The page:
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What Is Wool Thread?

Spun wool threads can be woven into fabrics using a loom.
Wool is shorn from sheep.
Wool thread can be dyed into a variety of colors.
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  • Written By: H. Bliss
  • Edited By: W. Everett
  • Last Modified Date: 27 November 2014
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Wool thread is a long, fine cord spun out of multiple fibers of wool. Thicker varieties of wool thread are sometimes called wool yarn. Wool is the fuzzy fur shaved from sheep. This type of thread is used in sewing to make items like clothing and blankets, but it is most often used in embroidery and needle art, where the thread is dyed and used as part of a colorful design. Wool thread can be made from different types of wool, each lending its own unique characteristics to the fabrics made from it.

Types of wool often used in wool thread include Icelandic wool, lamb's wool, and Shetland wool. Though the term can refer to any wool made in Iceland, an island country located near Greenland and Scandinavia, Icelandic wool is generally made up of a combination of coarse and fine wool fibers that give the wool softness and durability. Lamb's wool is usually the first wool shorn from a young lamb. Usually used in warm jackets or rugs, Shetland wool is fleece from a different kind of sheep called a Shetland sheep.

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One type of wool thread used in needlework is called tapestry wool, and it is used for embroidery as well as tapestry work. Tapestry differs from embroidery and needlepoint. While embroidery and needlepoint involve stitching a design into an existing material, a tapestry is woven on a vertical loom, an upright weaving tool used for carpet and rug weaving. The base or ground thread that is loaded on the loom for weaving is usually a strong fiber like cotton or linen, and the weaving thread is often a more delicate and attractive fiber like colored silk, cotton, or wool thread. Though many people erroneously refer to decorative hanging embroidered cloths as tapestries, a true tapestry is a fully woven fabric piece that hangs on the wall.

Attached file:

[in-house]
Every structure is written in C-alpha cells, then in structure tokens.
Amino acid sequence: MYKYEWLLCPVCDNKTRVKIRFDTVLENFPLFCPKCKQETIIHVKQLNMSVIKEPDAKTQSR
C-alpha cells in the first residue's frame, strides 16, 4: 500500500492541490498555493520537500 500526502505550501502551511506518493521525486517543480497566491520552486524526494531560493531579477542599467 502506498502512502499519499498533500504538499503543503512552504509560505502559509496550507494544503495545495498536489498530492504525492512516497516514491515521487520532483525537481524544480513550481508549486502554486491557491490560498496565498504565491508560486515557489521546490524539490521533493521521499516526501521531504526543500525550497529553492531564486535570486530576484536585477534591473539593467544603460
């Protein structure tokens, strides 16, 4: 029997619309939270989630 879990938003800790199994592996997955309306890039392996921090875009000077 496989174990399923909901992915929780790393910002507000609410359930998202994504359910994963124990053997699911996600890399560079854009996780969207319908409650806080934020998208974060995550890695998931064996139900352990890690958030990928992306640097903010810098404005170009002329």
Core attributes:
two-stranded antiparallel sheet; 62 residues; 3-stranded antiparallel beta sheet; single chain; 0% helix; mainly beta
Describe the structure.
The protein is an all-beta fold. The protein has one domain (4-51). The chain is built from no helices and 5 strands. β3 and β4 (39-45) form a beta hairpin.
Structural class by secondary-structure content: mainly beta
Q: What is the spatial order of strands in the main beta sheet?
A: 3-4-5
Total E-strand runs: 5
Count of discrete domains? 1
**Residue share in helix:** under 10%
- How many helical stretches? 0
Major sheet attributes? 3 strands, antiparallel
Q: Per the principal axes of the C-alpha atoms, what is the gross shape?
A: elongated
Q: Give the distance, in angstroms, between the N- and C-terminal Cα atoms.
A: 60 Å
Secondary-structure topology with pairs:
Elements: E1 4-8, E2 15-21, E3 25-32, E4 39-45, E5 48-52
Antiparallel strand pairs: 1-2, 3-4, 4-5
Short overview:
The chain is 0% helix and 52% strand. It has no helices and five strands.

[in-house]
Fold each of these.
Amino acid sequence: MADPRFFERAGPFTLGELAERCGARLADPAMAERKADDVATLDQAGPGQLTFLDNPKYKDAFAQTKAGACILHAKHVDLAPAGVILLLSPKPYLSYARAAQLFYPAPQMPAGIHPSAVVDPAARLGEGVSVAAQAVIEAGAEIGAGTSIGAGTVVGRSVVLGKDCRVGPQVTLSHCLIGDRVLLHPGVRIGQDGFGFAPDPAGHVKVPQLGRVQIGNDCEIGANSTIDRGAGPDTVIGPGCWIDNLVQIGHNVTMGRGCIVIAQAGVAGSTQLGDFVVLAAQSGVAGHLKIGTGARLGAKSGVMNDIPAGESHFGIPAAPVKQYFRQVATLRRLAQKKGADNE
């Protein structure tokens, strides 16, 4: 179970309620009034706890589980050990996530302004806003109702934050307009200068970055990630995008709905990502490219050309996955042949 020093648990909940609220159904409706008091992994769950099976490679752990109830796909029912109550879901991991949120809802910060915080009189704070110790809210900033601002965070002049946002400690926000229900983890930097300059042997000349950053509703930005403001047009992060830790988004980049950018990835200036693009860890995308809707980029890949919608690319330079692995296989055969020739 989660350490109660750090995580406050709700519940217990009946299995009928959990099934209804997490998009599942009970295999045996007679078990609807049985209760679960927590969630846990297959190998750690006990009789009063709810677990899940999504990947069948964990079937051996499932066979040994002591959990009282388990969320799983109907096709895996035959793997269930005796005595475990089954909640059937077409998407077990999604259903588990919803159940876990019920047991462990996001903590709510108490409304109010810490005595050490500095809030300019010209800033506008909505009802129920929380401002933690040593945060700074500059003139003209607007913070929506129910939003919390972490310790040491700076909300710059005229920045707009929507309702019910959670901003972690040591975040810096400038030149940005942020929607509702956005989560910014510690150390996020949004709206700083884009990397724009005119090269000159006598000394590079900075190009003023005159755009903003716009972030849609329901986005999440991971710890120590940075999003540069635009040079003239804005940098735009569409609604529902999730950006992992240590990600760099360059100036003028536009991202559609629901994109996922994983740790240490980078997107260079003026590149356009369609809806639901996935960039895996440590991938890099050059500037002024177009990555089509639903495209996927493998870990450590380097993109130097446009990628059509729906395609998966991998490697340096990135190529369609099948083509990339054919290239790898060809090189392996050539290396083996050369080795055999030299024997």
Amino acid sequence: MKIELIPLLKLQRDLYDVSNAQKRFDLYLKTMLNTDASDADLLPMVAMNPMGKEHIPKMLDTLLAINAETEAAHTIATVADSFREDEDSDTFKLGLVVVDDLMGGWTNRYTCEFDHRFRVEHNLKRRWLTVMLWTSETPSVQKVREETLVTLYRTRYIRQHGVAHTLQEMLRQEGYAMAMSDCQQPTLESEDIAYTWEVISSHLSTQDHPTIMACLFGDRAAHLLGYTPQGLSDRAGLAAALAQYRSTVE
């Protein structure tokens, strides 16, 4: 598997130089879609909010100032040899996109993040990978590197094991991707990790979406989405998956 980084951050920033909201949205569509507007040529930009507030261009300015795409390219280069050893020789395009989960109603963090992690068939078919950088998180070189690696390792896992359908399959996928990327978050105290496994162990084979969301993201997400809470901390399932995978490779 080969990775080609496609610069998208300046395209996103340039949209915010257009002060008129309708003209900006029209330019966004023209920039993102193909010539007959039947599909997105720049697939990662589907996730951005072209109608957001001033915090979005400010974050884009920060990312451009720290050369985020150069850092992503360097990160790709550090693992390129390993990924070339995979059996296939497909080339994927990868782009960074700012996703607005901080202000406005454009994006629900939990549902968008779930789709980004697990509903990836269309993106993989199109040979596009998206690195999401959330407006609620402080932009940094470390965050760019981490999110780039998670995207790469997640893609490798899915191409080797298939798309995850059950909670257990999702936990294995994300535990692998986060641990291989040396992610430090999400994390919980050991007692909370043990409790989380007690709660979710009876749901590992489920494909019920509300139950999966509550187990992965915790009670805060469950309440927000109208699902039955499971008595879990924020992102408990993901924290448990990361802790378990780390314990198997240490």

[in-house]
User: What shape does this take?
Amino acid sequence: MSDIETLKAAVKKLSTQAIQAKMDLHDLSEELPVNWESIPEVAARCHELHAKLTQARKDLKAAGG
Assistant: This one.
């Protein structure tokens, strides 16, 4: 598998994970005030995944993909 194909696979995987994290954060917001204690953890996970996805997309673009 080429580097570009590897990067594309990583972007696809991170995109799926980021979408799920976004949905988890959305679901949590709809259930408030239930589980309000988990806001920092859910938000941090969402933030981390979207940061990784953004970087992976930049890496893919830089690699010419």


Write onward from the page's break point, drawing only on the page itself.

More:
Because weaving a tapestry requires the use of needles to guide the vibrant threads through the base threads, called the warp and weft, used in tapestry works, the art is considered a form of needlework. Other types of needlework include needlepoint and embroidery. Traditionally, needlepoint is done on a canvas base using cotton or wool thread, and the designs are made of a series of counted cross stitch unites, each of which looks like an x. Embroidery is done on a piece of cloth, and allows the application of more free-form stitching than traditional needlepoint.

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Monika
Post 5

Ah, wool thread. My grandmother is a big fan of it. She uses wool thread to embroider stuff all the time. I'm always amazed at the many different colors and shades of wool thread that are available. My grandma makes some really intricately shaded projects.